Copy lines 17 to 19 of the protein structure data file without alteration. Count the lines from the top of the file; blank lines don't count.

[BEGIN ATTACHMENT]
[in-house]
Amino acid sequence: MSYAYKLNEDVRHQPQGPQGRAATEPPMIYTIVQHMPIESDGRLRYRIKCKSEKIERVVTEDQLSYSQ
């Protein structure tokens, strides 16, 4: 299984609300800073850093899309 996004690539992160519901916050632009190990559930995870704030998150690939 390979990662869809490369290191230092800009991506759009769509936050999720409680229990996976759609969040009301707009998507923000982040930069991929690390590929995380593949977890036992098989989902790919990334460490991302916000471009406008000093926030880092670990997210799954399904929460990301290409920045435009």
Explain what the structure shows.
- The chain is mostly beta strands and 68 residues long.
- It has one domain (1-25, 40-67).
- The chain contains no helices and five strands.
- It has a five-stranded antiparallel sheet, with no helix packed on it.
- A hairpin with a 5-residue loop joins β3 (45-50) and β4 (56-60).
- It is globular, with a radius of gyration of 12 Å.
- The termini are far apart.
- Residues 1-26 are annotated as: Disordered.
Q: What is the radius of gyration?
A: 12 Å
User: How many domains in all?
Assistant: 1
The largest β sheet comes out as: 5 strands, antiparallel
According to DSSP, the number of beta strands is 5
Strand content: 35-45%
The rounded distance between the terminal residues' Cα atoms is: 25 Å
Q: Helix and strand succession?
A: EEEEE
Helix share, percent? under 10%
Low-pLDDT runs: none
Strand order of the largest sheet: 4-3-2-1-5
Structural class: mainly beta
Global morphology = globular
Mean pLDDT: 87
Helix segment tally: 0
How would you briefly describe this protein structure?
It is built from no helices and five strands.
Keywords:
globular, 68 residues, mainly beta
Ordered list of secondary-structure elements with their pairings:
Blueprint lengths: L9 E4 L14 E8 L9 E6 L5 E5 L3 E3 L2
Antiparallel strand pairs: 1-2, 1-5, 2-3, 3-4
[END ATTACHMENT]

The largest β sheet comes out as: 5 strands, antiparallel
According to DSSP, the number of beta strands is 5
Strand content: 35-45%